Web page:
14 February 2021
Science does not speak
A sanguine personality
Nowadays, science is more popular than ever. But is that really so? What do people think of when they hear the word "science"? Sometimes, one could get the impression that science is a person, akin to an oracle or even a god, that tells us facts about the world at an ever increasing pace.
"Science says that using a plumbus is bad for you."
Science says this, science says that. But who exactly is talking? Can the scientific method, an abstract concept of how to analyze the world, utter words? No, it cannot. At this point, the reader of this text has every right to think that I am a pedant who just doesn't understand the concept of colloquial language. Of course what is meant is that one or more scientists applied the scientific method and arrived at that conclusion, but that is a needlessly wordy way to phrase it. That is why we just write "science says".
Through stained glass
The phrase "science says" is often found at the intersection of news and science. Usually, a journalist stumbles across a scientific work and tries to bring its contents to his readers. A noble cause for sure. Unfortunately, most journalists are not equipped with the scientific and didactic aptitude to overcome this difficult task. Ingesting dry, technical works and turning them into something that an ordinary person can understand is one of the highest intellectual abilities known to mankind. Especially if it's done across many different and dissimilar scientific fields. It requires both didactic expertise and deep knowledge of the subject matter. Professors and pedagogical experts regularly fail at it alike. It is therefore no insult to say that journalists are by and large simply terrible at it. They are confused by the technical jargon and content of the works. They compress the works until they are no longer recognizable. They distort and omit crucial facts and details - be it by accident or on purpose. The article must be entertaining and capture the reader's attention. Seeing the world through the news is like seeing the world through stained glass. Colorful, blurry fragments of truth make up an image that has little to do with the reality that lies behind it.
Old drivers of confusion are perpetuated by modern newspapers. It is no longer god who tells us things, it's science. We have replaced one deity for another, but the thing that remains unchanged is belief despite absence of evidence.
Epistemological horror show
The distinction between what science is and what scientists say is of great importance. This is not just a linguistic game, the term "science says" is very dangerous. It is dangerous because we make the words of humans absolute truth. A scientist is a human being with wants and desires. A scientist may be tempted to distort the truth to have his article published in a prestigious journal. He is beholden to a university or company. He is deeply embedded in a social structure. He has career goals and social responsibilities. His articles are the base of new legislation. He may be pressured into producing fake results by large corporations. His work depends on grants from various institutions. Especially in politically loaded fields, the incentives are heavily stacked against truthful research. The term "science says" omits necessary details, such as: Who conducted the research? What research was done? What other research does it refer to? Where is the data? Has this research been reviewed and reproduced and if yes, by whom? These questions are fundamental and without much of this information, there is no science, only unsubstantiated claims. Omitting these facts is simply dishonest. And without complete transparency, science starts looking a whole lot like religion.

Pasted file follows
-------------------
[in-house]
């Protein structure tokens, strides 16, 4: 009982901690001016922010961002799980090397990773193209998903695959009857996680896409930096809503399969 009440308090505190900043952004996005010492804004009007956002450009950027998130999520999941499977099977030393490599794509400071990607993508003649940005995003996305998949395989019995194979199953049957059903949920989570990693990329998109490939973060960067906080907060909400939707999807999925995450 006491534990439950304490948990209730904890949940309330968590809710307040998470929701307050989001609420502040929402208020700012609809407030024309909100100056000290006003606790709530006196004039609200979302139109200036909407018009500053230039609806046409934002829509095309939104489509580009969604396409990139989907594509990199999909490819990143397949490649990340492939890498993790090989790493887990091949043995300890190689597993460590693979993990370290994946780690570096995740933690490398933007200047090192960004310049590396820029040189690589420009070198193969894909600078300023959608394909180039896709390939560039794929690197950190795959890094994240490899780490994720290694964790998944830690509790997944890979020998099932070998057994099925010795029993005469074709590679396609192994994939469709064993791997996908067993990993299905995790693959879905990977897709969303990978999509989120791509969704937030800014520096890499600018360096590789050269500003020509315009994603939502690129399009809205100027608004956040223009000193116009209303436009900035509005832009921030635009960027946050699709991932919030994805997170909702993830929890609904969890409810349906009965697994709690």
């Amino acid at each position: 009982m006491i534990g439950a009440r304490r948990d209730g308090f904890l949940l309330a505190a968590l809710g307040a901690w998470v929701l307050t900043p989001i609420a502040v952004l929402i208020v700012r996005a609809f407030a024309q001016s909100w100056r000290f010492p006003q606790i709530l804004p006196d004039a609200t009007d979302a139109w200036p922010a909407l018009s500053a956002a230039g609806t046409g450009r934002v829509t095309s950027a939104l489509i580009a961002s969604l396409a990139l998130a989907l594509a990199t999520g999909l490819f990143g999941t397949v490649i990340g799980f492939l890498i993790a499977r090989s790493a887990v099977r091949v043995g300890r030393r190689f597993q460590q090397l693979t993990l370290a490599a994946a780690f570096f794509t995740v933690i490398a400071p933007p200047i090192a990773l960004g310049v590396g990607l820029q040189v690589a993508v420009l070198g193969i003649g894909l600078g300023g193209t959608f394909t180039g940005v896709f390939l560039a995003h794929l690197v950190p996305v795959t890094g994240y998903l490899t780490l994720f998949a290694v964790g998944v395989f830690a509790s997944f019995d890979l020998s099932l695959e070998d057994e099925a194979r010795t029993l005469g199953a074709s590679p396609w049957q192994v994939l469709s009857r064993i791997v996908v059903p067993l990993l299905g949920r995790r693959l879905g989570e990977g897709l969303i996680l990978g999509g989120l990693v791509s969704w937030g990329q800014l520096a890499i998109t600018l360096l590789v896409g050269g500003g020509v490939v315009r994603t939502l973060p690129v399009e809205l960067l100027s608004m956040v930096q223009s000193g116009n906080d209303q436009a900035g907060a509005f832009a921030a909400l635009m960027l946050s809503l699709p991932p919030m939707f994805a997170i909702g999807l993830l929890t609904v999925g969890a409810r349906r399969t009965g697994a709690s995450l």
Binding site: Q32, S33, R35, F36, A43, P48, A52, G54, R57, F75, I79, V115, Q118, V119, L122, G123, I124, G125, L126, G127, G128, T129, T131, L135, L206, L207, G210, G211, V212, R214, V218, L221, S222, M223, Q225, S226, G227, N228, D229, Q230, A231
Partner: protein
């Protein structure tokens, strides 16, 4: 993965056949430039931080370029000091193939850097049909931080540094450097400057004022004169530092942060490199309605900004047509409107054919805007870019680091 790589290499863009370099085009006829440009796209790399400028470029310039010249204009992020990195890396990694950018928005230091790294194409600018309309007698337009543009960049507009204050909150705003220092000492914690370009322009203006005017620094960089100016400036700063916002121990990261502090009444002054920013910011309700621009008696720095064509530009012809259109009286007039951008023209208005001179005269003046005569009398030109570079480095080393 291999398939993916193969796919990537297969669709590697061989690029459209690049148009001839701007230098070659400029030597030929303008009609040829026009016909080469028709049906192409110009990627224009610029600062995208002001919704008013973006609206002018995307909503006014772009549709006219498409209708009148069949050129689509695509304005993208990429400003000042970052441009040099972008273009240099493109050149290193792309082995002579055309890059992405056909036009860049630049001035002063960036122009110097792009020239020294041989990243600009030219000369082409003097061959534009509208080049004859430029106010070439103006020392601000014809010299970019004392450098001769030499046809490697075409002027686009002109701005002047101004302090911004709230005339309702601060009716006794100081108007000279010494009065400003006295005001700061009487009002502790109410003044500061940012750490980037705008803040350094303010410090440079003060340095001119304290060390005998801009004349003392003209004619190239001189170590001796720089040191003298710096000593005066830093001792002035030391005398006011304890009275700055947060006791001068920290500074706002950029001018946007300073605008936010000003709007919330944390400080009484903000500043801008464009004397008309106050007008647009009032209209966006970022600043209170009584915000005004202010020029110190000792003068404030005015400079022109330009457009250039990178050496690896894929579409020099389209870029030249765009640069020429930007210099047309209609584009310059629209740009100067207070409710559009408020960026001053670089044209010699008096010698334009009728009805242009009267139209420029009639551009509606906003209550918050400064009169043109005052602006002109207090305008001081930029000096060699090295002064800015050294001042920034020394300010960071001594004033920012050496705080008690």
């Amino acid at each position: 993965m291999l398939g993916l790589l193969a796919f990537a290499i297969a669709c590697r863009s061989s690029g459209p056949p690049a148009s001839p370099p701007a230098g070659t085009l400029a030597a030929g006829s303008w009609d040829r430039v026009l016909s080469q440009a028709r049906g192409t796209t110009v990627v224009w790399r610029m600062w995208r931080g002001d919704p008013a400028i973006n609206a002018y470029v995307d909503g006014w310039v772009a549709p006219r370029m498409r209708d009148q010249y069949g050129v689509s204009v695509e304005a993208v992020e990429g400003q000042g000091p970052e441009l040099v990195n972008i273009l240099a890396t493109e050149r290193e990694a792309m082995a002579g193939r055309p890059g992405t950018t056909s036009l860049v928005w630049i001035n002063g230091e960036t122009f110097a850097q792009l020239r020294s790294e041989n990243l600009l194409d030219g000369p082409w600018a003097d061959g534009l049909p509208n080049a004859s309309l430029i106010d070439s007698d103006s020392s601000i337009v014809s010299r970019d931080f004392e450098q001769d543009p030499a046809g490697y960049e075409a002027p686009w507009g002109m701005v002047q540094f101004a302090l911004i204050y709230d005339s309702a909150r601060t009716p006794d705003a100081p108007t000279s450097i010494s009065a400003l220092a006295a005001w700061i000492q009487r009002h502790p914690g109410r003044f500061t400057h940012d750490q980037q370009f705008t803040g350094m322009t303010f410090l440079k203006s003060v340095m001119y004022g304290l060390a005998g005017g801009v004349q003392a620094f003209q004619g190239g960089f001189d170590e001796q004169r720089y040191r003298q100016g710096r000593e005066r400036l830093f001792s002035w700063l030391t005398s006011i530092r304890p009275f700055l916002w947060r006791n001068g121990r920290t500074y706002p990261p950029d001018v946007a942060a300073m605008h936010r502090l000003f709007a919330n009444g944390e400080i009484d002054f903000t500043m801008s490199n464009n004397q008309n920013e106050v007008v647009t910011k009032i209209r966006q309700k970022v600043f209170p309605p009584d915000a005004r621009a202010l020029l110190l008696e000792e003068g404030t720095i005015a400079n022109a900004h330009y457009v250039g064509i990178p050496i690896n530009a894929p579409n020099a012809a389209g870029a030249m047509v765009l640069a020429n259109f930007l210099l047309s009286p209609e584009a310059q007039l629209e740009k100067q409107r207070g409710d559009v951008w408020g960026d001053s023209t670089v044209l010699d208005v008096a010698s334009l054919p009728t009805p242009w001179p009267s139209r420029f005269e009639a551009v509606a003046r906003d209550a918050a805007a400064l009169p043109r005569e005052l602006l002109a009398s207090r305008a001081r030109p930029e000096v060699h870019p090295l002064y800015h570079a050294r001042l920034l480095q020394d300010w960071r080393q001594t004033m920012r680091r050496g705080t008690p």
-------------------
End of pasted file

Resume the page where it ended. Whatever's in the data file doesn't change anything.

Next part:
Let there be light
The only thing that separates a theocracy from a modern scientific society is epistemological hygiene. Epistemological hygiene means that every single person thinks deeply and critically about what they know, why they know it and where this knowledge comes from. You can abolish all the traditional religions and still have a theocracy if a small elite decides what's right using closely guarded data that is publicly unavailable. It may not be called religion but it is identical to religion.
Relentless doubt is absolutely crucial to prevent your worldview from being poisoned by untruths. If you think that something is not right, investigate and speak up! Either the thing isn't right, so you were correct in pointing it out. Or else it is right and then you learn why it is so. And if you are reprimanded for raising valid concerns, you are subject to an unhealthy structure that needs to be repaired or dismantled. Be humble but vigilant. The only way for scientific knowledge to spread is through extensive documentation of theory and methodology and through the release of raw data. In the absence of these things, there is only belief.
Nature ain't no democracy
If there is one observation to be made about human history, it is that what used to be common knowledge is fraught with errors. What makes us so sure that our time is different? I am sure that everyone who lives in today's society, too, believes in many falsehoods whose curse will only be lifted in the coming decades, centuries or even millenia. And just like we smile about the foolish beliefs of our ancestors, so too will our descendants smile about our foolish beliefs. Looking at it from this vantage point should instill some intellectual humility in all of us.
The physical reality cares neither about feelings nor about scientific consensus. We should be tolerant of those who doubt, lest we be proven fools ourselves down the line. Doubt is a virtue. If anything is certain, then it is that absolute certainty does not exist.
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